We conclude that the judge erred in ruling that the plaintiff did not qualify as a resident of Worcester for voter registration purposes under G. L. c. 51, Section 1. A determination of residency for voting purposes requires a voter to have his domicil in the city or town in which he seeks to register. Id. at 576. See Putnam v. Johnson, 10 Mass. 488 , 501 (1813). Opinion of the Justices, 5 Met. 587 , 588 (1843). Opinion of the Justices, 365 Mass. 661 , 663 (1974). It has often been said that "domicil is the place of one's actual residence `with intention to remain permanently or for an indefinite time and without any certain purpose to return to a former place of abode.'. . . `Expressions such as these should not be taken literally.'" Hershkoff case, supra, at 578. "A change of domicil takes place when a person with capacity to change his domicil is physically present in a place and intends to make that place his home for the time at least." Id. at 576-577.
The judge's findings, which are supported by the evidence, reveal that the plaintiff's last known domicil was in Winthrop, the home of his adoptive parents; that he had not been there since 1965; that he had had no contact with his parents for five or six years; that he was a patient at Worcester State Hospital; that his living there was not a result of his own volition but a condition of probation; that he was employed in Worcester and maintained a bank account there; and that his only basis for living in Worcester was to comply with the terms of his probation and earn enough money to leave. In our view of these facts, the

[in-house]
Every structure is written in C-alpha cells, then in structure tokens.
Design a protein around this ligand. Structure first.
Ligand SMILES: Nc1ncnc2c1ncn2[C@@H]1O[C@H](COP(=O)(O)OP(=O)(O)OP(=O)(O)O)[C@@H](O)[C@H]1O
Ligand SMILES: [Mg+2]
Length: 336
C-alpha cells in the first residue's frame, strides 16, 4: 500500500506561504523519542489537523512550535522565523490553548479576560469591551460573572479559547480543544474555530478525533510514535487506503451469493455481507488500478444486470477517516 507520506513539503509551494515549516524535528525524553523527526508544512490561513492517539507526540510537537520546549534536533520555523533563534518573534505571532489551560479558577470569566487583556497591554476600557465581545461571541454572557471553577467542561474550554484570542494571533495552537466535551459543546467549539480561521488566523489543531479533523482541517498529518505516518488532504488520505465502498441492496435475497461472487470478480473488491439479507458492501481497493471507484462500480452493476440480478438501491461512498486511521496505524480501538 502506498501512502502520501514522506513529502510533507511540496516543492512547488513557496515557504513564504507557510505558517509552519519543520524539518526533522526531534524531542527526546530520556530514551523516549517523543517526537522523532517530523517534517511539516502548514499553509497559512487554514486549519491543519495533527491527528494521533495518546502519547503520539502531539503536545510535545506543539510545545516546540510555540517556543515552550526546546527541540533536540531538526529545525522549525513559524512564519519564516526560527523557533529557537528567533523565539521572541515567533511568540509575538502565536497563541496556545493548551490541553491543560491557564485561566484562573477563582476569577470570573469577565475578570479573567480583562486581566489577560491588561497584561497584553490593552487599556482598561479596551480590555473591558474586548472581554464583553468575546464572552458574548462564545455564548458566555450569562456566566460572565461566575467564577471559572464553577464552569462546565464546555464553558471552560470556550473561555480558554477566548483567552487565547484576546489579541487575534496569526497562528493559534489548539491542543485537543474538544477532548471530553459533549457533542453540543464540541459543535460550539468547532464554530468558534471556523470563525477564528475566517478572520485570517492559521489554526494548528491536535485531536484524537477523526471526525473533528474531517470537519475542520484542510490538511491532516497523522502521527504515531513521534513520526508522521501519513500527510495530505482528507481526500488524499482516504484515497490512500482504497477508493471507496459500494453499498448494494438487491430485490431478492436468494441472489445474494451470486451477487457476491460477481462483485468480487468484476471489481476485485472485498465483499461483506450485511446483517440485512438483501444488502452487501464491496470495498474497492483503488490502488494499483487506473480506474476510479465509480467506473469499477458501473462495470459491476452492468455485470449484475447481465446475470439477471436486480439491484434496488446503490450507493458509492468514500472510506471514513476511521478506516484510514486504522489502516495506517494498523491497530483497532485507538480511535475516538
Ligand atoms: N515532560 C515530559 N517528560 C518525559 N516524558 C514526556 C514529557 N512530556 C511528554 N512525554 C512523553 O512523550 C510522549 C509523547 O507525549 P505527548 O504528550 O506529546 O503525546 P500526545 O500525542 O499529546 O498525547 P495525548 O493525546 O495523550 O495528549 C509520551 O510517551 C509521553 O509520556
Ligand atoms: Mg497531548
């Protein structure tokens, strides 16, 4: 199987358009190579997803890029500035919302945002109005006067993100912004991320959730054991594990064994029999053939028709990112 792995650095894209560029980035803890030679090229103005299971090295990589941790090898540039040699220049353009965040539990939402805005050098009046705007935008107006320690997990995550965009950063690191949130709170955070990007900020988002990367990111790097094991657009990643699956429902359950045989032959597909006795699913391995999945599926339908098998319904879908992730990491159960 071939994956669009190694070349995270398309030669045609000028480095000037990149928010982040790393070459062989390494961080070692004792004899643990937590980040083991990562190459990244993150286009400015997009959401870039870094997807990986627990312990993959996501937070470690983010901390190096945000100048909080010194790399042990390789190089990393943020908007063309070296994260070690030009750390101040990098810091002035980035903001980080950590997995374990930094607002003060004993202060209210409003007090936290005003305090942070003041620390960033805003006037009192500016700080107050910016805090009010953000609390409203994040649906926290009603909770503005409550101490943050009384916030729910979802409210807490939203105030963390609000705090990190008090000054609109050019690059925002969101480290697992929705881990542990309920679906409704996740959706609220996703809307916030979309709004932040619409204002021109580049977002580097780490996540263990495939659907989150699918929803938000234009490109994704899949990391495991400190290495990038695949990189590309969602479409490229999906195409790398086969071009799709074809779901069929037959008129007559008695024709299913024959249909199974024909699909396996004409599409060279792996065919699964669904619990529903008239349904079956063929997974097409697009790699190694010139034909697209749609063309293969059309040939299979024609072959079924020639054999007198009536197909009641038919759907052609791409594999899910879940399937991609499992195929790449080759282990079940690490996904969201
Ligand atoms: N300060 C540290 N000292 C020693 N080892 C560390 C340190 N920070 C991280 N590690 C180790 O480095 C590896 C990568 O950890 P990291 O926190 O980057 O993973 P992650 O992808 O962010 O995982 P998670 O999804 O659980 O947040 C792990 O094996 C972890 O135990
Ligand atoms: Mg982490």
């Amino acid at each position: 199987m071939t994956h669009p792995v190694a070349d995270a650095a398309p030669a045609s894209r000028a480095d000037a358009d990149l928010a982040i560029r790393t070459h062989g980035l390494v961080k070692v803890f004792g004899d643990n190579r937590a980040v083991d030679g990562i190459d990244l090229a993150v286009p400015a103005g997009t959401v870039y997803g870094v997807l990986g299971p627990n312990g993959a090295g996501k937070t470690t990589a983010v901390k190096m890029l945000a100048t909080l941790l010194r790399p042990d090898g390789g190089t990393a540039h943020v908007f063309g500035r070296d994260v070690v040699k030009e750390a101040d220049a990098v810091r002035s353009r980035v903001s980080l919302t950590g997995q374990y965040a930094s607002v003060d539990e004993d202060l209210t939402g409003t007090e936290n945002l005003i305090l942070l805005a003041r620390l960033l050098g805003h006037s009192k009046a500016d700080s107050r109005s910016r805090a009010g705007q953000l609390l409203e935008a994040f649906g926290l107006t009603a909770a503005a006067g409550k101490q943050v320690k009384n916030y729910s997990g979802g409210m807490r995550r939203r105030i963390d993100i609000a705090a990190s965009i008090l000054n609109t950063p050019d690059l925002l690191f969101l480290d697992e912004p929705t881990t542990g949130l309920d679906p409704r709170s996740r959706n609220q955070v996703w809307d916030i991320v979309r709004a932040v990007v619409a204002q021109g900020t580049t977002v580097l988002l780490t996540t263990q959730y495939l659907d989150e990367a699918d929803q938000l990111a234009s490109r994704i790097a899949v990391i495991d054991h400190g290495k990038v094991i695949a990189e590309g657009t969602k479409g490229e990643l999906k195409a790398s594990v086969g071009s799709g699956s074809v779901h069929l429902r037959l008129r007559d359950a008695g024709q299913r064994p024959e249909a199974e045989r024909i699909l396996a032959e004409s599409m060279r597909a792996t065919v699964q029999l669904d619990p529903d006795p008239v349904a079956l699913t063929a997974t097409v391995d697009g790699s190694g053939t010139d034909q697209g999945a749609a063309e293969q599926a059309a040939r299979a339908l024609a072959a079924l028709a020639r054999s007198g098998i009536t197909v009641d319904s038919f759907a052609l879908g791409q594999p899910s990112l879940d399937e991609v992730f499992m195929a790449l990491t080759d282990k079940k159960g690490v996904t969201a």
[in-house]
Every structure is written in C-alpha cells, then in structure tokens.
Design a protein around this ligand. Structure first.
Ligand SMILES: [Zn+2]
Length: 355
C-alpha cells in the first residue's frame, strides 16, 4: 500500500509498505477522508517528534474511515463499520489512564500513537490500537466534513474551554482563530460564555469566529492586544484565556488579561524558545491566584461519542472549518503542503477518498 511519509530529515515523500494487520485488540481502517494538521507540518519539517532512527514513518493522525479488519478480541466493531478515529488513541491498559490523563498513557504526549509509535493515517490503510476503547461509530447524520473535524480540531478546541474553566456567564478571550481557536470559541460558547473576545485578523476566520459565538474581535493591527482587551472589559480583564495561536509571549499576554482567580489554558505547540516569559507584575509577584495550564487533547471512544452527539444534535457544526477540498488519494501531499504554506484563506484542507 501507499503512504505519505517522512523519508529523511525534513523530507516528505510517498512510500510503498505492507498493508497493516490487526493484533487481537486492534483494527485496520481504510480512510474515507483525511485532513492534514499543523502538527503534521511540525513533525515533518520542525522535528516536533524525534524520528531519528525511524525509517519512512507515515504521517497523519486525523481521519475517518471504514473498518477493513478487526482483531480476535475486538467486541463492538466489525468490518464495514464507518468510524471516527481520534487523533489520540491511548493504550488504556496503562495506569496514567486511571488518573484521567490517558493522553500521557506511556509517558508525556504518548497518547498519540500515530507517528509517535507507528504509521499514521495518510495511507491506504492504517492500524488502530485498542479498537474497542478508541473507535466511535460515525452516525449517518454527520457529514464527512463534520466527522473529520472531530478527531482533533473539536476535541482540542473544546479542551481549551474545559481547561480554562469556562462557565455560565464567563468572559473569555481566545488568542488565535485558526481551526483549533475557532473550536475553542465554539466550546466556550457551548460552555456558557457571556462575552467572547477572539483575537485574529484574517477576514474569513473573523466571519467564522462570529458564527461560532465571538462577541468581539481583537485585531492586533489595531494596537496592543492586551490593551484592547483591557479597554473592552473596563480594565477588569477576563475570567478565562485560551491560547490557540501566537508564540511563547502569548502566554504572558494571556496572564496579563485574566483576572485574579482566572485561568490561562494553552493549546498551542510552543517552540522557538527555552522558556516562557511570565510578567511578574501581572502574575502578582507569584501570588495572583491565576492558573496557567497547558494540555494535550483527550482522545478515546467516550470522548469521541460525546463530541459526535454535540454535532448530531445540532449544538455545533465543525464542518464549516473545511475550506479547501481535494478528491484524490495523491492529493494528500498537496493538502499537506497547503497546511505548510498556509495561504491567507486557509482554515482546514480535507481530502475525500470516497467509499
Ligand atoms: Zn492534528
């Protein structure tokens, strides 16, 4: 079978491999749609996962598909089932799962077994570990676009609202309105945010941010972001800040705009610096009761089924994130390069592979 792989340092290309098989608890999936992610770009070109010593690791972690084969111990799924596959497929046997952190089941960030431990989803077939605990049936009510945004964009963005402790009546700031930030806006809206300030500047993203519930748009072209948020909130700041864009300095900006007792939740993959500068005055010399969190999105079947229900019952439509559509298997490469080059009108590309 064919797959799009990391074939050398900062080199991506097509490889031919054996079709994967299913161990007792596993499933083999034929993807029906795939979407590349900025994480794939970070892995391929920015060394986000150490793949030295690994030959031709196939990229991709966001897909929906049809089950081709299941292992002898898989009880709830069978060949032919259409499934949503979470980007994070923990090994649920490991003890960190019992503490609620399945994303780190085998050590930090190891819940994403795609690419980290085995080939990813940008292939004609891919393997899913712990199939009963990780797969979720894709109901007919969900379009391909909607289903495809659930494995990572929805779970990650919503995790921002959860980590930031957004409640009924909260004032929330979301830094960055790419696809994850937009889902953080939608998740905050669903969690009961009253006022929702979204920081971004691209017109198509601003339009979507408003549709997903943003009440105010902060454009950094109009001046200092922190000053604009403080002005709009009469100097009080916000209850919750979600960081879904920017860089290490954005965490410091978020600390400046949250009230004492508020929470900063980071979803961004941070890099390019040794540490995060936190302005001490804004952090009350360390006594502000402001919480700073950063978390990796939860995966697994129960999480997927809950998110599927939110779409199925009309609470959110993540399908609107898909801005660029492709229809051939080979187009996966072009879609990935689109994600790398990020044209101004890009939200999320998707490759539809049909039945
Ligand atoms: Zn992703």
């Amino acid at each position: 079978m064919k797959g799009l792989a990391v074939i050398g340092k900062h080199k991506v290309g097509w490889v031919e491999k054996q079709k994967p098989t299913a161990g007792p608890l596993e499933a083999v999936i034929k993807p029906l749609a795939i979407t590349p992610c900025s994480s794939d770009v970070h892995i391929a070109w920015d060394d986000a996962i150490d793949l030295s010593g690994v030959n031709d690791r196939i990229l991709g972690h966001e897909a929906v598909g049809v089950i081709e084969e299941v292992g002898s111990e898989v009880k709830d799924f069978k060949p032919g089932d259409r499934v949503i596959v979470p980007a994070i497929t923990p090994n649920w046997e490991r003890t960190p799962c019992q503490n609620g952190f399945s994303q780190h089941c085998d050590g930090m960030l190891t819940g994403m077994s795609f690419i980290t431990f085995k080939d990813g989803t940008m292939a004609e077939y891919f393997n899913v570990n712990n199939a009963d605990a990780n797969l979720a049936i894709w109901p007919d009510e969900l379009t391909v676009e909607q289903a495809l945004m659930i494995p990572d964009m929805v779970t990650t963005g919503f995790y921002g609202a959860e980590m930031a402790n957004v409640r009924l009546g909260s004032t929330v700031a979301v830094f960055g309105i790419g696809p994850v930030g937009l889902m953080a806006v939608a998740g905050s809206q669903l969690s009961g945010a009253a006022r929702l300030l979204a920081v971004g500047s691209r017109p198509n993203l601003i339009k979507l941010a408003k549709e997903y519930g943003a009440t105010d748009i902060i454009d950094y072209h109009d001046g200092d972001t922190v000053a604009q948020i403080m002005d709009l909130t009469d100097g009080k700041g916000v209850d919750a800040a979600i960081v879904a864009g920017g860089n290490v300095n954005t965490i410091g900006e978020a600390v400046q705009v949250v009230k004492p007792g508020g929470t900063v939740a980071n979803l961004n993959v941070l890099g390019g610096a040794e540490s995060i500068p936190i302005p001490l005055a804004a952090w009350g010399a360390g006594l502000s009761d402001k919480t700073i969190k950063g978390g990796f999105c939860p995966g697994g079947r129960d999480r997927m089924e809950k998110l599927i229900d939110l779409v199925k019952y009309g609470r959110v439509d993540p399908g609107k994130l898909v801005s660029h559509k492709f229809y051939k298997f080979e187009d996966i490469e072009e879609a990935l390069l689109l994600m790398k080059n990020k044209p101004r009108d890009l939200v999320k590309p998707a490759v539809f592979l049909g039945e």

plaintiff satisfied the actual presence and intent requirements to establish domicil. He was residing in Worcester. While he intended to leave eventually when he earned enough money to do so, he nevertheless intended to make his home in Worcester "for the time at least." Hershkoff case, supra, at 580. His probation and institutionalization in a State hospital, which compelled him to come to and remain in Worcester, did not preclude him as matter of law from choosing a new domicil for voting purposes. Similar results have been reached in the case of soldiers obliged to remain in a certain place under the orders of superiors. Mooar v. Harvey, 128 Mass. 219 , 220 (1880). Carrington v. Rash, 380 U.S. 89, 96 (1965). We follow the reasoning of Stifel v. Hopkins, 477 F. 2d 1116, 1120-1127 (6th Cir. 1973) which recognizes that many forces compelling an individual's relocation, often equate in degree while differing in kind. Id. at 1124. "We recognize the importance of considering physical or legal compulsion in determining whether domicile is gained or lost, but we limit the application of involuntary presence to its operation as a presumption ordinarily requiring more than unsubstantiated declarations to rebut." Id. at 1126. Where, as here, in addition to his statement of intent, the plaintiff worked in the city and otherwise engaged in community activity, he satisfied the residency requirement of G. L. c. 51, Section 1. In light of our decision as to domicil for voting purposes, we need not reach the plaintiff's constitutional contentions. Hershkoff case, supra, at 580-581. The final decree is reversed and a new decree is ordered declaring the plaintiff to be a resident of Worcester within the meaning of G. L. c. 51, Section 1.